Cautery-induced colour patterns in Precis coenia (Lepidoptera: Nymphalidae).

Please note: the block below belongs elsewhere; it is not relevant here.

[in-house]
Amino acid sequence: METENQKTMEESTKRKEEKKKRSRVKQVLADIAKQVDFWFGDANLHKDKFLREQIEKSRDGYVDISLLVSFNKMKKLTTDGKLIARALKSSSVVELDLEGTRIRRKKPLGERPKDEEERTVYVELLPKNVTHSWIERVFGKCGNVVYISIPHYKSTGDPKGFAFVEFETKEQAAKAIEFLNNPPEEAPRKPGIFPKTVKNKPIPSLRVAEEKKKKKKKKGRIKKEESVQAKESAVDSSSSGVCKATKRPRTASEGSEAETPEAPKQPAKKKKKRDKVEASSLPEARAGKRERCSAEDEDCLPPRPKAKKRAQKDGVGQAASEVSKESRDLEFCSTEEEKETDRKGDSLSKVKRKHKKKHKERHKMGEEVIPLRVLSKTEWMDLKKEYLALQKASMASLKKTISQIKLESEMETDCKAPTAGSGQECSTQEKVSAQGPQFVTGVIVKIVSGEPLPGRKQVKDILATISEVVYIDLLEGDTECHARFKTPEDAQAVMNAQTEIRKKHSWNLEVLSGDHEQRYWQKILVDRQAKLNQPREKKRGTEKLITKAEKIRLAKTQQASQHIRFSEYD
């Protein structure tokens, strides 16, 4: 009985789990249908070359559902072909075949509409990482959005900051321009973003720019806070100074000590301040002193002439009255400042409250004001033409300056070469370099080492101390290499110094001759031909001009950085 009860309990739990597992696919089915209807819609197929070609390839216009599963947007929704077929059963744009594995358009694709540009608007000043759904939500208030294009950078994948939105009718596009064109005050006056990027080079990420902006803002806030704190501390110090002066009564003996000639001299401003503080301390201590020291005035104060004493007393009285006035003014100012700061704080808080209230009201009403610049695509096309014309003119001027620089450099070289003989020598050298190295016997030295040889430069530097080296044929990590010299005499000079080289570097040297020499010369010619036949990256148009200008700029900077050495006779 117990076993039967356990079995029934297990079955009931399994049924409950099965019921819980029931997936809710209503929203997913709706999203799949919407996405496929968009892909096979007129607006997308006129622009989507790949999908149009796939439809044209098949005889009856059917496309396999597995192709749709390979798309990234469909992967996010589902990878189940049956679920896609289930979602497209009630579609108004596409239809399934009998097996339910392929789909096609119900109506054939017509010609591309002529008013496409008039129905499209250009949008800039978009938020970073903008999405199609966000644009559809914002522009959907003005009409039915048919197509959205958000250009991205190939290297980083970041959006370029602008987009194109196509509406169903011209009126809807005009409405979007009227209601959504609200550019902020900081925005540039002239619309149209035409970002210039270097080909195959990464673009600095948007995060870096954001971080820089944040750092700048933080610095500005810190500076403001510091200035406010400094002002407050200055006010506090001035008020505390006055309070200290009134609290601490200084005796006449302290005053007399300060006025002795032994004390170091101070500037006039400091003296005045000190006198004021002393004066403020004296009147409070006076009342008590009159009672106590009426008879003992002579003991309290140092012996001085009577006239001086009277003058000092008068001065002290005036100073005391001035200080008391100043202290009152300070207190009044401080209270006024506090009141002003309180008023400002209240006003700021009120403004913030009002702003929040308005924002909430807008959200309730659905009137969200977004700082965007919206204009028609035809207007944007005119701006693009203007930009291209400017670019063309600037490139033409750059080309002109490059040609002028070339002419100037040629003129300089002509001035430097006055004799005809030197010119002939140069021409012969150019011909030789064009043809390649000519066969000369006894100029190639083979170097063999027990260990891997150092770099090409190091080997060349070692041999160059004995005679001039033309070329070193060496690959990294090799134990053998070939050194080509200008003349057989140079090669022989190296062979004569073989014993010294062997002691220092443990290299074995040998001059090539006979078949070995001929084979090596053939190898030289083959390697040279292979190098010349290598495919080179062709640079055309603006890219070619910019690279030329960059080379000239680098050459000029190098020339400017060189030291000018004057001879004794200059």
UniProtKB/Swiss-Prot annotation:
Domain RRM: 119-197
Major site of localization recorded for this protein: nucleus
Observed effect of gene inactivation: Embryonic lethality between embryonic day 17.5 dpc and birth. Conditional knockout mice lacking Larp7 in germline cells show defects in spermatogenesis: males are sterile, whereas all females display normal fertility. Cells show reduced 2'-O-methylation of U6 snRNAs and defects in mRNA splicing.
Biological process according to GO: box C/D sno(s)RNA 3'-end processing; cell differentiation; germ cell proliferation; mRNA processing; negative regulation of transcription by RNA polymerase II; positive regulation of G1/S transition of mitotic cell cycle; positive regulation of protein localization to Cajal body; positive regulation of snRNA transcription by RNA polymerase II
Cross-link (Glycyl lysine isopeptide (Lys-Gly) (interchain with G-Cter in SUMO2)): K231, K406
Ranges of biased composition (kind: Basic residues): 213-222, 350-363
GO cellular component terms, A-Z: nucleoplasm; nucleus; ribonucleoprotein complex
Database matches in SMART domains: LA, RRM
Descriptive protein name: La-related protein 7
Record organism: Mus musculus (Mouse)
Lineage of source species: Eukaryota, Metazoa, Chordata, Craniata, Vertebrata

Cautery of the dorsal hindwing in the butterfly, Precis coenia, induces the formation of a concentric colour pattern around the site of injury. The induced pattern is identical in pigmentation to the eyespots that normally develop on this wing surface. This response to cautery also occurs, though much less dramatically, on the ventral forewing. In addition to the peculiar response to cautery, the dorsal hindwing of Precis also develops a series of unique pattern aberrations in response to coldshock. These consist of irregular elongation of the anterior eyespot along the proximodistal axis of the wing. In the most dramatic aberrations the eyespot field covers the entire anterior half of the wing surface. An analysis is presented that attempts to reconcile the effects of cautery on the Precis hindwing with the very different morphological effects of cautery on the colour pattern of Ephestia kühniella, described by Kühn & Von Engelhardt. Computer simulations reveal that the finding presented in this paper, as well as the classical work on Ephestia, can both be explained by assuming that the site of cautery becomes a sink for one of the morphogens involved in colour pattern determination. The experimental findings furthermore indicate that minor perturbations of the wing epidermis can evoke the physiological conditions that attend normal eyespot determination. It is shown that this interpretation also helps to explain the unusual pattern modifications following coldshock.
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